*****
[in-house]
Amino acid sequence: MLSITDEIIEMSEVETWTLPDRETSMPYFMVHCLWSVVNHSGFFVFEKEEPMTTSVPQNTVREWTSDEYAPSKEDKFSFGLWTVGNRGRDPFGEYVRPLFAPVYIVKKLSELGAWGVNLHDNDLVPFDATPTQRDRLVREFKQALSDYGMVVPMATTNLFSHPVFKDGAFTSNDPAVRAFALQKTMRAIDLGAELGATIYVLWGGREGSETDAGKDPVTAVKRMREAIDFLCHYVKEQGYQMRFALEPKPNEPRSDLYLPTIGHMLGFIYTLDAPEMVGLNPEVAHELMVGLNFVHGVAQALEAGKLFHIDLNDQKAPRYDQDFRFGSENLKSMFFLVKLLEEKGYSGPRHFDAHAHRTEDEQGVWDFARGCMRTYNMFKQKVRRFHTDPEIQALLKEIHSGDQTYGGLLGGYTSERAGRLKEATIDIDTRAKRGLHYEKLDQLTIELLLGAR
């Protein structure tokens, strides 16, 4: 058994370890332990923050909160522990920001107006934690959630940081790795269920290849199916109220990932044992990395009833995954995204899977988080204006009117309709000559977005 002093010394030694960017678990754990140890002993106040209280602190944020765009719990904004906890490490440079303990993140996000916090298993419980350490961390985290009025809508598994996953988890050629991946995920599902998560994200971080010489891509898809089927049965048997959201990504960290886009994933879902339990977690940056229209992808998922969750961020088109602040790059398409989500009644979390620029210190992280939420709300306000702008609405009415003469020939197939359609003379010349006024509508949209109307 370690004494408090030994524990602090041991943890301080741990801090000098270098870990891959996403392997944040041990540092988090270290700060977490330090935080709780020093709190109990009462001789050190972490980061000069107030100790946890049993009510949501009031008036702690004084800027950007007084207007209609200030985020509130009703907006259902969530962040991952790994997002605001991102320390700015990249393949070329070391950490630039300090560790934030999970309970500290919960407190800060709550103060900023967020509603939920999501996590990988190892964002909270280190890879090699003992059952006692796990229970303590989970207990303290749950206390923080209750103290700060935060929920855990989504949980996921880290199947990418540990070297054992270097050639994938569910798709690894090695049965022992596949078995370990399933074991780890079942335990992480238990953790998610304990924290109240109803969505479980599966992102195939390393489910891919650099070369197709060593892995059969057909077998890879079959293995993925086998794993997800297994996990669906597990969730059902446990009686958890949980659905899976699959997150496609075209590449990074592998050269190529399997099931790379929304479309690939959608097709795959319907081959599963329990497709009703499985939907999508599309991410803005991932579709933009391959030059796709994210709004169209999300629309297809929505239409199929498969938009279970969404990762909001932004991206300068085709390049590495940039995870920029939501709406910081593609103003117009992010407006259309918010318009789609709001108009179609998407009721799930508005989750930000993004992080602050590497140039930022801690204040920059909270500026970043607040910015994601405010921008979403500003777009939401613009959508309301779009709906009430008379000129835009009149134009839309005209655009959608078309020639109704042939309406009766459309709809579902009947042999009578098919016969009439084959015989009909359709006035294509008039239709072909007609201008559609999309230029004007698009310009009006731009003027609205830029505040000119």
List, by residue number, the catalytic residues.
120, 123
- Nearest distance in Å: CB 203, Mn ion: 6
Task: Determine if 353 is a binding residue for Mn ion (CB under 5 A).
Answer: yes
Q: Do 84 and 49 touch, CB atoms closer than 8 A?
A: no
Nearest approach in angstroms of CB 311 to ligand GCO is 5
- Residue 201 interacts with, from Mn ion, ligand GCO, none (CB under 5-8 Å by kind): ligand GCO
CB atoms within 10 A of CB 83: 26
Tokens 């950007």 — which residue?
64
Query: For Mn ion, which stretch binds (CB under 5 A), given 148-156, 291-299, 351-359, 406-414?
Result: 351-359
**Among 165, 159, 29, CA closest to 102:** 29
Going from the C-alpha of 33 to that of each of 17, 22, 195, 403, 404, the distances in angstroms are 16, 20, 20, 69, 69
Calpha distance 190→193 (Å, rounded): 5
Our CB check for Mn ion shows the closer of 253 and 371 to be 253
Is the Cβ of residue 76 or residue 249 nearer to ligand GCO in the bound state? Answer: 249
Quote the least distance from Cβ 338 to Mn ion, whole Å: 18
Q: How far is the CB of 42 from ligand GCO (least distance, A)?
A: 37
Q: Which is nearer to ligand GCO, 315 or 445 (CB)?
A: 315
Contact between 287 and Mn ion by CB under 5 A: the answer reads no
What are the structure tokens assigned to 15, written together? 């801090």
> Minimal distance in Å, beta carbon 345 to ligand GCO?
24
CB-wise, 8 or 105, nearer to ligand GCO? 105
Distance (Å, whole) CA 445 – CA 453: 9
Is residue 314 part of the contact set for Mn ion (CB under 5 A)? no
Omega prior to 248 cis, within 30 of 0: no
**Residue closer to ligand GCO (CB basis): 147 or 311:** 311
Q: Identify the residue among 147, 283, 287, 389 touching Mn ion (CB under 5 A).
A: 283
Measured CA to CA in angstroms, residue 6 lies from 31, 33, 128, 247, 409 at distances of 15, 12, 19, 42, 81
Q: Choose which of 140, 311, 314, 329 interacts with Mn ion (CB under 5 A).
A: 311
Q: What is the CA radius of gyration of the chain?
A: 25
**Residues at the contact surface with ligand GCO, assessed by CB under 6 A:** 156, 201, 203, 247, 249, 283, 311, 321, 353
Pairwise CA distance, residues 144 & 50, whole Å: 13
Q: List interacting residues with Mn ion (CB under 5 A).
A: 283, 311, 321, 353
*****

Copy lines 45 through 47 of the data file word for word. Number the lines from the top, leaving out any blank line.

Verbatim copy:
Pairwise CA distance, residues 144 & 50, whole Å: 13
Q: List interacting residues with Mn ion (CB under 5 A).
A: 283, 311, 321, 353